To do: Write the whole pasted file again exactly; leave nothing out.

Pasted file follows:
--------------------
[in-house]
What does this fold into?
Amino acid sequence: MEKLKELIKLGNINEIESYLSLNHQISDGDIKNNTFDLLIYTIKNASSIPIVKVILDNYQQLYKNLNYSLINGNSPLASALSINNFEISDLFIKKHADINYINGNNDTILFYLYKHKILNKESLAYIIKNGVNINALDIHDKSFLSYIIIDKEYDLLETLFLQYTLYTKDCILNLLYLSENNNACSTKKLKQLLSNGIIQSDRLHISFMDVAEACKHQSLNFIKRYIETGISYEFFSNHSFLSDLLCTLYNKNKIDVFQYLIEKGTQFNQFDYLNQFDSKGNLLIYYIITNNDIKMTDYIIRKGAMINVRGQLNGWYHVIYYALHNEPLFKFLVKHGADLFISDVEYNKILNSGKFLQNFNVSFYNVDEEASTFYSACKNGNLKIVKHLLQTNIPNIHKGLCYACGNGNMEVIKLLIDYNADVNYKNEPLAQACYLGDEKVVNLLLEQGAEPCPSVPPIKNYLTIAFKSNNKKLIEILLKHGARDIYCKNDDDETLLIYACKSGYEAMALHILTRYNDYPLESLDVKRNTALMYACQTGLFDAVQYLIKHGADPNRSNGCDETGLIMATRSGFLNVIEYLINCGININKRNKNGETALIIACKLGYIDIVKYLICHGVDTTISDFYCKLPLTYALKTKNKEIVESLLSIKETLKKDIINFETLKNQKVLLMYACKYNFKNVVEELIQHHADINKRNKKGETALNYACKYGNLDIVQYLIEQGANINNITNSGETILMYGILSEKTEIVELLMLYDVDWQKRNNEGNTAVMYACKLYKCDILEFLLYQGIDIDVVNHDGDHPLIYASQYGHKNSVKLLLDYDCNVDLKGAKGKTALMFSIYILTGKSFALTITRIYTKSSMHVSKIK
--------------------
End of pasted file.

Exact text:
[in-house]
What does this fold into?
Amino acid sequence: MEKLKELIKLGNINEIESYLSLNHQISDGDIKNNTFDLLIYTIKNASSIPIVKVILDNYQQLYKNLNYSLINGNSPLASALSINNFEISDLFIKKHADINYINGNNDTILFYLYKHKILNKESLAYIIKNGVNINALDIHDKSFLSYIIIDKEYDLLETLFLQYTLYTKDCILNLLYLSENNNACSTKKLKQLLSNGIIQSDRLHISFMDVAEACKHQSLNFIKRYIETGISYEFFSNHSFLSDLLCTLYNKNKIDVFQYLIEKGTQFNQFDYLNQFDSKGNLLIYYIITNNDIKMTDYIIRKGAMINVRGQLNGWYHVIYYALHNEPLFKFLVKHGADLFISDVEYNKILNSGKFLQNFNVSFYNVDEEASTFYSACKNGNLKIVKHLLQTNIPNIHKGLCYACGNGNMEVIKLLIDYNADVNYKNEPLAQACYLGDEKVVNLLLEQGAEPCPSVPPIKNYLTIAFKSNNKKLIEILLKHGARDIYCKNDDDETLLIYACKSGYEAMALHILTRYNDYPLESLDVKRNTALMYACQTGLFDAVQYLIKHGADPNRSNGCDETGLIMATRSGFLNVIEYLINCGININKRNKNGETALIIACKLGYIDIVKYLICHGVDTTISDFYCKLPLTYALKTKNKEIVESLLSIKETLKKDIINFETLKNQKVLLMYACKYNFKNVVEELIQHHADINKRNKKGETALNYACKYGNLDIVQYLIEQGANINNITNSGETILMYGILSEKTEIVELLMLYDVDWQKRNNEGNTAVMYACKLYKCDILEFLLYQGIDIDVVNHDGDHPLIYASQYGHKNSVKLLLDYDCNVDLKGAKGKTALMFSIYILTGKSFALTITRIYTKSSMHVSKIK